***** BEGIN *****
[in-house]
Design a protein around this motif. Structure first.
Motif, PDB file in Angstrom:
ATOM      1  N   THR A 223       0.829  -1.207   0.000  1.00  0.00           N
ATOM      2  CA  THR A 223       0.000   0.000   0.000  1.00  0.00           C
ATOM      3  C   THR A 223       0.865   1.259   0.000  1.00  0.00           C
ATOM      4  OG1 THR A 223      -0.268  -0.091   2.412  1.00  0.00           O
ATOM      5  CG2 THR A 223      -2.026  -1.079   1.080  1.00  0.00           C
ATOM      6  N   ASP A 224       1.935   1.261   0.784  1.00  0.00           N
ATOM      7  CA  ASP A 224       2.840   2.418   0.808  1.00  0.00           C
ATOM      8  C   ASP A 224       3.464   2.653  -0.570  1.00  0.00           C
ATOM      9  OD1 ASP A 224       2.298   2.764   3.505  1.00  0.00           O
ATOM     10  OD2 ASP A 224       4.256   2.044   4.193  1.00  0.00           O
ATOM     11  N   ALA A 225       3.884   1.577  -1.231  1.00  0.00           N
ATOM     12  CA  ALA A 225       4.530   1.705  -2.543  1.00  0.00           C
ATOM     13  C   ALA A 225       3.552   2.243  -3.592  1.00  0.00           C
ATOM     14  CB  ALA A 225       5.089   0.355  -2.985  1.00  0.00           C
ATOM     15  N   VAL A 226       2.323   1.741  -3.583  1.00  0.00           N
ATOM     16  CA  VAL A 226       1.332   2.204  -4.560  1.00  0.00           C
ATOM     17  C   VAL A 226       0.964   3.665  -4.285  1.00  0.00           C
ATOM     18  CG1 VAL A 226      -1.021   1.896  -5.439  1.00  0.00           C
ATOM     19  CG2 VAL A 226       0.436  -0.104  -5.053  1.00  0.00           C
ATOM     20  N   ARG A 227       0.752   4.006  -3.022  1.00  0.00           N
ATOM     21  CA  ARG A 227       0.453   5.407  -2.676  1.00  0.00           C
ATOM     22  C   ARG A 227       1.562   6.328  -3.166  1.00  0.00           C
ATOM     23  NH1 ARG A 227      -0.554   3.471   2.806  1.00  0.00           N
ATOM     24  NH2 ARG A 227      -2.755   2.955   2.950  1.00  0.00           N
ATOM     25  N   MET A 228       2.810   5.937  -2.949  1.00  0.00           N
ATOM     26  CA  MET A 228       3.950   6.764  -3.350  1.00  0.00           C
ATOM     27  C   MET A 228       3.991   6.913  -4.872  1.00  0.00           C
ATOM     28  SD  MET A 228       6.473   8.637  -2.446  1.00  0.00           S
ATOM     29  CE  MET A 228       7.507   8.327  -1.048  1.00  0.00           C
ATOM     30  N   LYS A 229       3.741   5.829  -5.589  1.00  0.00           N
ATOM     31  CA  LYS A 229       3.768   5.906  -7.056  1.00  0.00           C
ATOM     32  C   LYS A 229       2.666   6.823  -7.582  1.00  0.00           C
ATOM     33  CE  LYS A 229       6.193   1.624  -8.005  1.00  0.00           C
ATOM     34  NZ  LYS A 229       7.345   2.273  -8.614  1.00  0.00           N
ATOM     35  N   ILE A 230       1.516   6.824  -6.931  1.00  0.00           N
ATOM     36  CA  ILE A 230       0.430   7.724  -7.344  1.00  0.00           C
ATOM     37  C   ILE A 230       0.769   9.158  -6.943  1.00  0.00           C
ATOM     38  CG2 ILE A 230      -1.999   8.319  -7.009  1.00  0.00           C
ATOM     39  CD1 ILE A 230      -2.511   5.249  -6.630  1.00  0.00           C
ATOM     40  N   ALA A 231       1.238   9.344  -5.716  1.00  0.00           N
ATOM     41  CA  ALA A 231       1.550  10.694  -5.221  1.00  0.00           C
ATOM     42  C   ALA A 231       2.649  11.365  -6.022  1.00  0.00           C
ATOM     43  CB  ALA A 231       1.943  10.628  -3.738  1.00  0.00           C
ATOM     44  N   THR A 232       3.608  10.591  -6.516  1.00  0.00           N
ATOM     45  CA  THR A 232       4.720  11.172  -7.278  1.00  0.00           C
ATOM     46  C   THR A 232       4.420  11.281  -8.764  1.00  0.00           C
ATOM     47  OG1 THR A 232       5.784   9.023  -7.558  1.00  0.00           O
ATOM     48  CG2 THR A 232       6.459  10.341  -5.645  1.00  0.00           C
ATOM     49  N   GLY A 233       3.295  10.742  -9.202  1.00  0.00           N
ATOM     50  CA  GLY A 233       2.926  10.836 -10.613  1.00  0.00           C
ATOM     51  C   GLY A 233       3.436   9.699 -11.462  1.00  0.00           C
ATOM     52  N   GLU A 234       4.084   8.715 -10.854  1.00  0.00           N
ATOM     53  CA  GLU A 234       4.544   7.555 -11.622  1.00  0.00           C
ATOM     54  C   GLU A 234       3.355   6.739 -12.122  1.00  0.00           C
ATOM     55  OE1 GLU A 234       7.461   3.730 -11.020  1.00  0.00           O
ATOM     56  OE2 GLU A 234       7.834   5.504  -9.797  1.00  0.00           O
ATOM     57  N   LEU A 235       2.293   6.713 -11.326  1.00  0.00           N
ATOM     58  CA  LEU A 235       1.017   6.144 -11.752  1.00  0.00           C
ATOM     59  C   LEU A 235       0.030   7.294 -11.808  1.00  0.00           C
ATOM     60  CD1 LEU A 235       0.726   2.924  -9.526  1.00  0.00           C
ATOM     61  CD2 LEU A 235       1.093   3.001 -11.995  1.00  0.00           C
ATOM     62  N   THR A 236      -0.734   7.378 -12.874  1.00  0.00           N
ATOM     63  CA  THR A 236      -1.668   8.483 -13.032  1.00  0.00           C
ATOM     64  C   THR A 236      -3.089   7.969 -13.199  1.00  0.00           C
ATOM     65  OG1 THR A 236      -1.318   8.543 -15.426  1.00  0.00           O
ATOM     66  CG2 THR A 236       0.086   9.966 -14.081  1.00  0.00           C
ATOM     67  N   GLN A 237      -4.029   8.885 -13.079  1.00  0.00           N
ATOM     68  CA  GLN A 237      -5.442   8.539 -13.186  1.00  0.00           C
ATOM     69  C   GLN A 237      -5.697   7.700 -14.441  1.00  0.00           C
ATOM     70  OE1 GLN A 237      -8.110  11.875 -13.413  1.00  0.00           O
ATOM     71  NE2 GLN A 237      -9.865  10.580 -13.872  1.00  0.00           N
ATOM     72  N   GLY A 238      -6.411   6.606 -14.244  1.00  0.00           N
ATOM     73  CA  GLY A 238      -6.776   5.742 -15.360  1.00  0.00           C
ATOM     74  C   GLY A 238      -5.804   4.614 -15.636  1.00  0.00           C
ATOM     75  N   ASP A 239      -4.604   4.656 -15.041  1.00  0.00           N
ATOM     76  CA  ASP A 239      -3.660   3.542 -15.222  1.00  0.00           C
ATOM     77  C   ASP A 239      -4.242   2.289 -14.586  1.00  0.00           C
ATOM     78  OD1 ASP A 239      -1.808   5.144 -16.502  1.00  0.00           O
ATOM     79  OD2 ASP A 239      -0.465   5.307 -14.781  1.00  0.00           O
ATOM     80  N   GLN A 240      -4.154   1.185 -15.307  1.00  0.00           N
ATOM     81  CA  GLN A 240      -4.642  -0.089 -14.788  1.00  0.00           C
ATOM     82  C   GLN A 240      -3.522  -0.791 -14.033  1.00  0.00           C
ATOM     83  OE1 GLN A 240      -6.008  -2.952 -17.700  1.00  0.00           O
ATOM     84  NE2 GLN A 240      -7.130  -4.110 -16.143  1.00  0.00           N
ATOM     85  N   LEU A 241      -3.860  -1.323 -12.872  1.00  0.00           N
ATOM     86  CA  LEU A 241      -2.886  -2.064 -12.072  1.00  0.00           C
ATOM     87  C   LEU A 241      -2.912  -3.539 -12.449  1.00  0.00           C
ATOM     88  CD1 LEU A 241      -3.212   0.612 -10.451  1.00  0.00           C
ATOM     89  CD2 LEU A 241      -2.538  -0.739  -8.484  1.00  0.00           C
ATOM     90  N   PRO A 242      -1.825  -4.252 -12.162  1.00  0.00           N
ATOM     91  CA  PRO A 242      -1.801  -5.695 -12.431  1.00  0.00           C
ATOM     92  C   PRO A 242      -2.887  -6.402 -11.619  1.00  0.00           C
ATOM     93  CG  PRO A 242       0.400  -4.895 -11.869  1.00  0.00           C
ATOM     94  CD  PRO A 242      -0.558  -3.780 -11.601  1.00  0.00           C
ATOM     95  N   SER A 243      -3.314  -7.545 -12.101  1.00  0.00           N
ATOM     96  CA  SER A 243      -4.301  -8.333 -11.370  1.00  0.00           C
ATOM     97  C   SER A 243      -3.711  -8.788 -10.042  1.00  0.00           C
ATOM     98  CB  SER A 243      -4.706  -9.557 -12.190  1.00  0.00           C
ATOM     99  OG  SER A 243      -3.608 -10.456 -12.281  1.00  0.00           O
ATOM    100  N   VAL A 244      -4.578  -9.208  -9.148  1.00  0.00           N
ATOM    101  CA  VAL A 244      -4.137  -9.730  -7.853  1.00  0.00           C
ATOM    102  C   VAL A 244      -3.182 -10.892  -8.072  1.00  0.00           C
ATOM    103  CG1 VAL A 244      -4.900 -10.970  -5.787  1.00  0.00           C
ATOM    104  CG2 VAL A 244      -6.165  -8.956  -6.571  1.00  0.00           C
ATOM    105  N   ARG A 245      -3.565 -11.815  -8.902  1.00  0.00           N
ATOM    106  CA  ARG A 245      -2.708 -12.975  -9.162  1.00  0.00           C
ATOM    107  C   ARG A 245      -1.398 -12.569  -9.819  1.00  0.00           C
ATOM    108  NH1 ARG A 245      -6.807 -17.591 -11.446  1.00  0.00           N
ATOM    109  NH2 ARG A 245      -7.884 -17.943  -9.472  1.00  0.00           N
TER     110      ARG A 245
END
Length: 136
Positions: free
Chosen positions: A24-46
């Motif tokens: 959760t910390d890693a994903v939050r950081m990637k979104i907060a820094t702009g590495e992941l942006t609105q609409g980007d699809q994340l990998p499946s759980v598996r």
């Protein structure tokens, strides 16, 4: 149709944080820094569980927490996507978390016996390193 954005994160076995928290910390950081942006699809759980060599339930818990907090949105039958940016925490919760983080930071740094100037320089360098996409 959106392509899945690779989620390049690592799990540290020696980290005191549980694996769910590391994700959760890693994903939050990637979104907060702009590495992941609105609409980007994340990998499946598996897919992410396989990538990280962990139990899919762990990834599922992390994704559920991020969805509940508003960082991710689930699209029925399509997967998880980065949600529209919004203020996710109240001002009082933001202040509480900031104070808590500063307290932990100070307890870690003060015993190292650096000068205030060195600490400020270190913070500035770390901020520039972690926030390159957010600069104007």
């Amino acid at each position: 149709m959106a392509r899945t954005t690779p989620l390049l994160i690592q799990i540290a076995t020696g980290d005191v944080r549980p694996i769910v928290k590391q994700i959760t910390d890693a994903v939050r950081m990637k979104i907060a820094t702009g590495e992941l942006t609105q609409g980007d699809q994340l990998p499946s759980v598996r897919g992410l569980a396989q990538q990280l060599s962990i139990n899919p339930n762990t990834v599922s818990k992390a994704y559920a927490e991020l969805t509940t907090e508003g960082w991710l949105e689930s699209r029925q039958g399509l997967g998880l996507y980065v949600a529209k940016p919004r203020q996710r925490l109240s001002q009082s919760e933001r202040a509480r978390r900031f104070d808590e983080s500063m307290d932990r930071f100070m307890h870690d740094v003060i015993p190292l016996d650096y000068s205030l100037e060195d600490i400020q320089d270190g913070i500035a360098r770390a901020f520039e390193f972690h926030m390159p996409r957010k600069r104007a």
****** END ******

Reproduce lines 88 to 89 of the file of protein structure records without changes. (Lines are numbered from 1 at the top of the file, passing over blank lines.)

ATOM     85  N   LEU A 241      -3.860  -1.323 -12.872  1.00  0.00           N
ATOM     86  CA  LEU A 241      -2.886  -2.064 -12.072  1.00  0.00           C